WordPress 5.5 “Eckstine” is slated for release on August 11, 2020. This major version release of WordPress focuses on “speed, search & security,” including 1500+ changes to the block editor interface, 150+ enhancements and feature requests, 300+ bug fixes, and more. In this post, we cover the top 20 new things in this version of WordPress.
Before You Update: Don’t Forget to Run a Backup Of Your Site!
Before running any major update of WordPress core, make sure to backup your website. We recommend making a Complete backup that includes your WordPress database, WordPress files, themes, plugins, media library, etc. before proceeding with the update.
WordPress 5.5: Top 20 New Features & Improvements
WordPress 5.5 has a focus on improving speed, security and search for your website. This version also packs a long list of exciting new features for the WordPress block editor, continuing its rapid evolution since it was first introduced in WordPress 5.0. Let’s dig in.
1. Auto-Updates For Plugins and Themes
Perhaps the biggest change in 5.5 is auto-updates for plugins and themes. Previously, you would have to have used a plugin like iThemes Security’s Version Management feature to handle auto-updates for you.
Why would auto-updates be rolled into WordPress core? Outdated plugins and themes are still the #1 reason WordPress sites get hacked. Version releases often include important security patches to close vulnerabilities (just check out how many security issues with themes and plugins are disclosed from month to month in our WordPress vulnerability roundup). That’s why always running the latest version of any plugin or theme you have installed on your site is a security best practice.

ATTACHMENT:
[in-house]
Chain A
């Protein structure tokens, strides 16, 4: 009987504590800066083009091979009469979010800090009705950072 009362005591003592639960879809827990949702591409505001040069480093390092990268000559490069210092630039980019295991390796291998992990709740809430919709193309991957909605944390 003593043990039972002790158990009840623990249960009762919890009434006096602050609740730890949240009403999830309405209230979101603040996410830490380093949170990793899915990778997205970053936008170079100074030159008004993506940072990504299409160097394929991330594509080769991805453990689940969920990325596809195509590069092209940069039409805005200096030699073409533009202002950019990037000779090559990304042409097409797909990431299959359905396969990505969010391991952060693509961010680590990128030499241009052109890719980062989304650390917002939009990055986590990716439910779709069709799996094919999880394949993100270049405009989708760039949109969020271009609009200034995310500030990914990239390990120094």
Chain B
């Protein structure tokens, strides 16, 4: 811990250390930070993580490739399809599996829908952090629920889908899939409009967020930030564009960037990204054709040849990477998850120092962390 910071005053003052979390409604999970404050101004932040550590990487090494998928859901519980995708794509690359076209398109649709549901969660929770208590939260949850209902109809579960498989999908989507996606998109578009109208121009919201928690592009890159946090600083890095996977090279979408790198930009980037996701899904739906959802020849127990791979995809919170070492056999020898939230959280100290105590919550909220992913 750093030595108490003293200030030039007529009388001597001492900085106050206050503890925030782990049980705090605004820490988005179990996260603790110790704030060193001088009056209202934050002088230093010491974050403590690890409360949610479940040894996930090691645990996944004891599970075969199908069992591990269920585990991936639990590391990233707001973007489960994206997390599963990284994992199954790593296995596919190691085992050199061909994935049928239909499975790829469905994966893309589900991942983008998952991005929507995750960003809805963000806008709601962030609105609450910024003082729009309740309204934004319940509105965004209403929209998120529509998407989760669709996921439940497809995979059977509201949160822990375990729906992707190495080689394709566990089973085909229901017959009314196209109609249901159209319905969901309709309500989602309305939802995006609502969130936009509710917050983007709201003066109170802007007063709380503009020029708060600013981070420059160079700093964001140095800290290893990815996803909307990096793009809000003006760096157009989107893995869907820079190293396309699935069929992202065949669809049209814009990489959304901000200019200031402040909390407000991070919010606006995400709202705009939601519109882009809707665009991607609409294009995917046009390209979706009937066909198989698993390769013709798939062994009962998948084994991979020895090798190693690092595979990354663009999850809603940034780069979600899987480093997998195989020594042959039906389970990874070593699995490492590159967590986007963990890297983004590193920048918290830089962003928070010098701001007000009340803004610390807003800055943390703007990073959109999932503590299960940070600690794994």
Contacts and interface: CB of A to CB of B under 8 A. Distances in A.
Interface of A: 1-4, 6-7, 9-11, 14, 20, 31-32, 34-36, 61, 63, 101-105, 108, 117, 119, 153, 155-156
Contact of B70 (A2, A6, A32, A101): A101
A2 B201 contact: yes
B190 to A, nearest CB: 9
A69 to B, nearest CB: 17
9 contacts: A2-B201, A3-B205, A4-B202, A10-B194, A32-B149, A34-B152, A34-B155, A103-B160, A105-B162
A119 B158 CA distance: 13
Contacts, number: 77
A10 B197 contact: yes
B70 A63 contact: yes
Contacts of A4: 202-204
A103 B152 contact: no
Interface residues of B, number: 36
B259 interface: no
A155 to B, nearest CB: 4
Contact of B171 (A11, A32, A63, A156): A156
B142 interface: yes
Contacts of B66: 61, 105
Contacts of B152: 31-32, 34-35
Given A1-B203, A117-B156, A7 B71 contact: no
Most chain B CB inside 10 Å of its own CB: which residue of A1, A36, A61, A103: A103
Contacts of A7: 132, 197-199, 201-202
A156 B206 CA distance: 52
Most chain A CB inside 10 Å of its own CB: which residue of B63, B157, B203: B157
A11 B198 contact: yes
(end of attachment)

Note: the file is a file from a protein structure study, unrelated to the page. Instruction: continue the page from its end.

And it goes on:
Now WordPress core will allow you to set plugins and themes to update automatically from your WordPress admin > Plugins > Installed Plugins and Appearance > Themes pages. This way, you can always know your site is running the latest code available.
How to Turn On Auto-Updates for Plugins
On the Plugins > Installed Plugins page, you’ll see a new column for “Automatic Updates.” Click the link to Enable auto-updates or disable auto-updates for each plugin you have installed. You can also use the bulk selector to apply the bulk action of enabling/disabling auto-updates.
How to Turn on Auto-Updates for Themes
On the Appearance > Themes page, you need to hover over each theme and click the “Theme Details” button. You’ll see the “Enable auto-updates” link in this view.
Here are a few important things to note about the new auto-updates:
- By default, auto-updates are turned off in 5.5. You’ll have to enable auto-updates for all your plugins and themes.
- By default, WordPress runs auto-updates twice per day. If updates are available for plugins or themes with auto-updates enabled, the time until the next scheduled update will be displayed below the enable/disable auto-updates action link. Note: Auto-updates depends on the WP-Cron task scheduling system.
- You’ll get admin email notifications for auto-updates: By default, WordPress sends email notifications to website owners to inform them that plugins and themes were automatically updated. These email notifications are sent when one or more plugins or themes successfully auto-updated, one or more plugins or themes failed to auto-update, or some plugins or themes were successfully auto-updated, and some of them failed. Here’s more on Controlling Plugin and Theme auto-update email notifications and Site Health in WP 5.5.
- Auto-updates will work for all .org plugins & themes by default. All plugins and themes that are hosted in the WordPress Plugin Directory and WordPress Themes Directory will support auto-updates as they already use the WordPress Updates API.